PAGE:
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Mayfield hopes NFL officials find consistency on helmet hits

BEREA, Ohio (AP) — Baker Mayfield has become the NFL's unwanted poster boy for helmet-to-helmet hits.

Twice this season, Cleveland's rookie quarterback has been struck in the head by tacklers during games and both times the officials failed to call a penalty for the obvious infractions.

Mayfield's trying not to take oversights personally.

"They just have to find their consistency," he said of the erratic calls. "With every ref it's different — how they see it, how they're seeing the plays, momentum with the whistle, when it's blown, stuff like that. So as they continue to try to enforce the same rule, I think the consistency will grow. But right now, that's why you're seeing some confusion."

On Oct. 21 at Tampa Bay, Mayfield slid after a 35-yard run and was drilled from the side by Buccaneers safety Jordan Whitehead, who wasn't flagged but was fined $26,739 fine by the NFL, which acknowledged days after the hit that it should have been a penalty.

Last week, Kansas City safety Ron Parker delivered a glancing blow with his helmet to Mayfield while the quarterback was being wrapped up by defensive tackle Chris Jones. Again, no penalty was called, but Mayfield was forced to leave the game after an independent medical observer called the officials and requested the QB undergo a concussion evaluation.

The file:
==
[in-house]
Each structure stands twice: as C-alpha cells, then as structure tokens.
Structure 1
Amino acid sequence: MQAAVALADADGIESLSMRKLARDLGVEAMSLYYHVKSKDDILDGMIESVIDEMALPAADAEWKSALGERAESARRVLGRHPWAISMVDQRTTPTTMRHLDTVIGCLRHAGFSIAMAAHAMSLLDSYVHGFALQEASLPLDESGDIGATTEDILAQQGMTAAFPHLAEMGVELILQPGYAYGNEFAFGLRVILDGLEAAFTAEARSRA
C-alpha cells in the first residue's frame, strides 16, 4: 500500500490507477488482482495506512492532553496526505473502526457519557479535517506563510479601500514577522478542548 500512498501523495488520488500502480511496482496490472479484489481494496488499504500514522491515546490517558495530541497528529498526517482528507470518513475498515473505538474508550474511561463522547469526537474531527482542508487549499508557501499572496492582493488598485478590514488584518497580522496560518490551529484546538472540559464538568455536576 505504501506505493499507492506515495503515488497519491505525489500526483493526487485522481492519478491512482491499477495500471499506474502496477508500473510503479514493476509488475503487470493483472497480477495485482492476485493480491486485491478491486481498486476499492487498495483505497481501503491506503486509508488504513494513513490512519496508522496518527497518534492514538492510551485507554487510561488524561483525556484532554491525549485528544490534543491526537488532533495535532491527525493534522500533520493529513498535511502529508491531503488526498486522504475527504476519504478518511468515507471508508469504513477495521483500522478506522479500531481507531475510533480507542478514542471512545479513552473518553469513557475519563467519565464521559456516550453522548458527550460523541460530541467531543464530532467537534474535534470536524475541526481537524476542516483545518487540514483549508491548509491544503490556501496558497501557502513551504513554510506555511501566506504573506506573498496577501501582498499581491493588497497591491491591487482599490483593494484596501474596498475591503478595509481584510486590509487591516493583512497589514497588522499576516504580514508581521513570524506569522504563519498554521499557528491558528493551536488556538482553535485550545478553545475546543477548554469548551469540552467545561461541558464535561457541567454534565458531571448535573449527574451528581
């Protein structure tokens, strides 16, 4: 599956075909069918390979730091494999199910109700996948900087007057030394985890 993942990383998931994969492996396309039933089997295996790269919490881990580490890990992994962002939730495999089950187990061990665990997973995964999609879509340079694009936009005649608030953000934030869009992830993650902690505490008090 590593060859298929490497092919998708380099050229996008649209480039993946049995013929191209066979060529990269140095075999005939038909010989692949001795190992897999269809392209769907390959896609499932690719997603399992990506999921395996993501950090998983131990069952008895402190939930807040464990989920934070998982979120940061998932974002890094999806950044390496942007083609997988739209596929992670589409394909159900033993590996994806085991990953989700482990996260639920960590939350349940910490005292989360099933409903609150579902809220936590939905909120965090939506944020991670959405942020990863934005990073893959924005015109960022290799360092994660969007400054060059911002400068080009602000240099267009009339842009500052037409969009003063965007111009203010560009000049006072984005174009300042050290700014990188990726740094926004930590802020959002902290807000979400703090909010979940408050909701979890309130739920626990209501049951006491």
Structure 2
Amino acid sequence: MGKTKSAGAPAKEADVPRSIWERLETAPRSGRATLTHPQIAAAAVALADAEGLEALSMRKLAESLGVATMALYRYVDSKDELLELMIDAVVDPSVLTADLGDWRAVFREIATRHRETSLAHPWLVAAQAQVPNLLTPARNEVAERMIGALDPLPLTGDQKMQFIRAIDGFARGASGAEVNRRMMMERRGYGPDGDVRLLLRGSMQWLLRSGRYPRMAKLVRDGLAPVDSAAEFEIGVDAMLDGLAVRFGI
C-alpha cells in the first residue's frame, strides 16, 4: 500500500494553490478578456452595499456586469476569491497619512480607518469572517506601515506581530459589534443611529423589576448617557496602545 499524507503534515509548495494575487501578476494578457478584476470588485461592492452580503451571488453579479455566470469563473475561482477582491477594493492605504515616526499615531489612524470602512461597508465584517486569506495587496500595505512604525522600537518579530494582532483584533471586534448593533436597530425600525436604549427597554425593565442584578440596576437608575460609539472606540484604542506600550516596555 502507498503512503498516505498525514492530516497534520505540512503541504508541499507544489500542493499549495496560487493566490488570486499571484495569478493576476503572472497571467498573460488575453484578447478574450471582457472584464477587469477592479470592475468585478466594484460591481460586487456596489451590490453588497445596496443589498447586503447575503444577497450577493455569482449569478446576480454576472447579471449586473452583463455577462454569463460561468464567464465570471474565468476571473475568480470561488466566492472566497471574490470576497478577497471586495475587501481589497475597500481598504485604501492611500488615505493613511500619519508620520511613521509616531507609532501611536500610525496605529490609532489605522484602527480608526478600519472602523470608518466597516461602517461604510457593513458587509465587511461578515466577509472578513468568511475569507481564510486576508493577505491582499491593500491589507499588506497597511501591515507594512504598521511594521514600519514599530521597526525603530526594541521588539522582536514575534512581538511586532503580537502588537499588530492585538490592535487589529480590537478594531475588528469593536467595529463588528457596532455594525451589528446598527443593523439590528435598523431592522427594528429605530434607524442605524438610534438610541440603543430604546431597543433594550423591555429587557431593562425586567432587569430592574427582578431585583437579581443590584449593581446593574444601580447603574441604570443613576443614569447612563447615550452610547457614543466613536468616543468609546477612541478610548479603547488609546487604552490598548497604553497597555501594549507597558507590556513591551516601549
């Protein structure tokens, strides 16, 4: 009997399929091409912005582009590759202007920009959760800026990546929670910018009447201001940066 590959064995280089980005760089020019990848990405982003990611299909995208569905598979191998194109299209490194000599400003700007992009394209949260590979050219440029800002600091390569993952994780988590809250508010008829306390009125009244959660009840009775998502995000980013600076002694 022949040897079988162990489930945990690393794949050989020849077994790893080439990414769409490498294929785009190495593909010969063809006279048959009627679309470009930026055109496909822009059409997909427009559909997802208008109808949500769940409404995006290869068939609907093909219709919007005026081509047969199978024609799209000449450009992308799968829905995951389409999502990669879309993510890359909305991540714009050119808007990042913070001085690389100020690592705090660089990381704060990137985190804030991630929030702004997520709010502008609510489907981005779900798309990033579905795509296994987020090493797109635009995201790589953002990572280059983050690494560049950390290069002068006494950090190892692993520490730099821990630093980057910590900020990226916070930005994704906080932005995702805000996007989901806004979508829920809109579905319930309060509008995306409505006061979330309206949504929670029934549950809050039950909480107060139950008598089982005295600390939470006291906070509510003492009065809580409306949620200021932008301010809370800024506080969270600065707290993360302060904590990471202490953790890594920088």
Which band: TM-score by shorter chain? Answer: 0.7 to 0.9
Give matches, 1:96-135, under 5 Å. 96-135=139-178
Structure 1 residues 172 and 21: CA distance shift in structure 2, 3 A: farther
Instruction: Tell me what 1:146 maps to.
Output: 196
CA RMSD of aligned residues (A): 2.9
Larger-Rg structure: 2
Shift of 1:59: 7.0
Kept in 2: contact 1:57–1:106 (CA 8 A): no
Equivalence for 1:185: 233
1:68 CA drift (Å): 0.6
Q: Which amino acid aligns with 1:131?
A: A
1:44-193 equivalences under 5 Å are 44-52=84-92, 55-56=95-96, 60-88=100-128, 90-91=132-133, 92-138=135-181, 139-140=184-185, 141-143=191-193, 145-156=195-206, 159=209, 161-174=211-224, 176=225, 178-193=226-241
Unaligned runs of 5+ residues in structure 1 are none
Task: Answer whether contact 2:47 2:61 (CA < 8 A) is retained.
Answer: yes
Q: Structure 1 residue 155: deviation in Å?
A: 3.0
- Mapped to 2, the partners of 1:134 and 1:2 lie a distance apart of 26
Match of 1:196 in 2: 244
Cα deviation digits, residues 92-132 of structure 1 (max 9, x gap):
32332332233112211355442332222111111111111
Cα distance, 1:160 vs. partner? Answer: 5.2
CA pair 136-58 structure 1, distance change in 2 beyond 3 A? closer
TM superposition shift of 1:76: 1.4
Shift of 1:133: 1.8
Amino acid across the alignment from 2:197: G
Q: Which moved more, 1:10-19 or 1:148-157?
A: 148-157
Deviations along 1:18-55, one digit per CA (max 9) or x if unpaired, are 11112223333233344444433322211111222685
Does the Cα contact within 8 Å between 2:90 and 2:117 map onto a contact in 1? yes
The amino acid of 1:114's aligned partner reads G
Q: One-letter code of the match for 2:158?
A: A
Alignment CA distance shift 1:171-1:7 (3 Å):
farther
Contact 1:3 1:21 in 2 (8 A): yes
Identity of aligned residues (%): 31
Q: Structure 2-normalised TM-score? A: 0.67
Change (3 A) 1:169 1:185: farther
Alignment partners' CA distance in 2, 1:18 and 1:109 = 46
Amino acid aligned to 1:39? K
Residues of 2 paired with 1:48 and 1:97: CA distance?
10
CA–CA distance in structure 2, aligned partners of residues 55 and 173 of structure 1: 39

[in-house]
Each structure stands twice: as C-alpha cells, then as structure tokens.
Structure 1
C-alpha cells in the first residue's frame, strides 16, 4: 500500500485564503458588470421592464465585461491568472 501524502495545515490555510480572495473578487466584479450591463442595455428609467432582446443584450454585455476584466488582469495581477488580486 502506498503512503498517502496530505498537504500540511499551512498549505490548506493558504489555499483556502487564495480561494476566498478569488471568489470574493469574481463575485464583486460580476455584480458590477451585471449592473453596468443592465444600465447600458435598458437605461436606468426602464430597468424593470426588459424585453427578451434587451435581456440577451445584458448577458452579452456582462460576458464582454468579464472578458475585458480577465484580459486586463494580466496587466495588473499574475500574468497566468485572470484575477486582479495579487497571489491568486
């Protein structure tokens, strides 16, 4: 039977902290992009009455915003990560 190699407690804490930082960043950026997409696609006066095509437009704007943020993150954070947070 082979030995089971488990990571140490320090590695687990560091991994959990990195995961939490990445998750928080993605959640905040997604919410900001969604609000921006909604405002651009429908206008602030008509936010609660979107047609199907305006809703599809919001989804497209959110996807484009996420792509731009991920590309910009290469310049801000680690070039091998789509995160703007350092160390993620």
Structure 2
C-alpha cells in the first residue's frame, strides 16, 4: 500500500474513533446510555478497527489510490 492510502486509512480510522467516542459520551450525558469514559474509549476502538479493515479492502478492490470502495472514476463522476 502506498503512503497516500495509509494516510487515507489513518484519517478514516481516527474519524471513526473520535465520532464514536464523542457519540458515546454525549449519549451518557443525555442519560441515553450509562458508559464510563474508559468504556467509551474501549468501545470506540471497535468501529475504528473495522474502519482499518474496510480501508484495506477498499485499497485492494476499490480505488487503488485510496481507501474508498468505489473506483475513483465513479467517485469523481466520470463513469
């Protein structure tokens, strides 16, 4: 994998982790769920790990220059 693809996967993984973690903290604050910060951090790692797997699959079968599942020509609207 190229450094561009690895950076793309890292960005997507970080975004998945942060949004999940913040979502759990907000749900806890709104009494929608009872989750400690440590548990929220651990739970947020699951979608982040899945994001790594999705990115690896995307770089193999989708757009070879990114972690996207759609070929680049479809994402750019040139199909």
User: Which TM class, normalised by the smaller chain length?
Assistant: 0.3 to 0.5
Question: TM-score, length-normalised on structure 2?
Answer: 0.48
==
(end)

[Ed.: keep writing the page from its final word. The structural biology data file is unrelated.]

Mayfield passed the test and was allowed to return three plays later. He fought to stay in the game.

"Yeah. I guess that is the new rule," he said. "I have to come off the field for a checkup."

Parker could be fined by the league, which announces its weekly punishments on Saturday.

Mayfield, the No. 1 overall pick in this year's draft, joked that Parker's hit fortunately didn't do any damage.

"It would be more frustrating if it hurt," Mayfield said. "I was more frustrated they took me out of the game, to be honest with you. But they're protecting me. They're doing their job. So ultimately what can I complain about?"

Mayfield has sympathy for the officials, who are doing what they can to protect players — especially quarterbacks — while presiding over a game that's moving very fast. Mayfield smiled when asked if the officiating was as uneven when he played in college at Oklahoma.

"No," he said, grinning. "I had a bunch of friends out there, so it was good."

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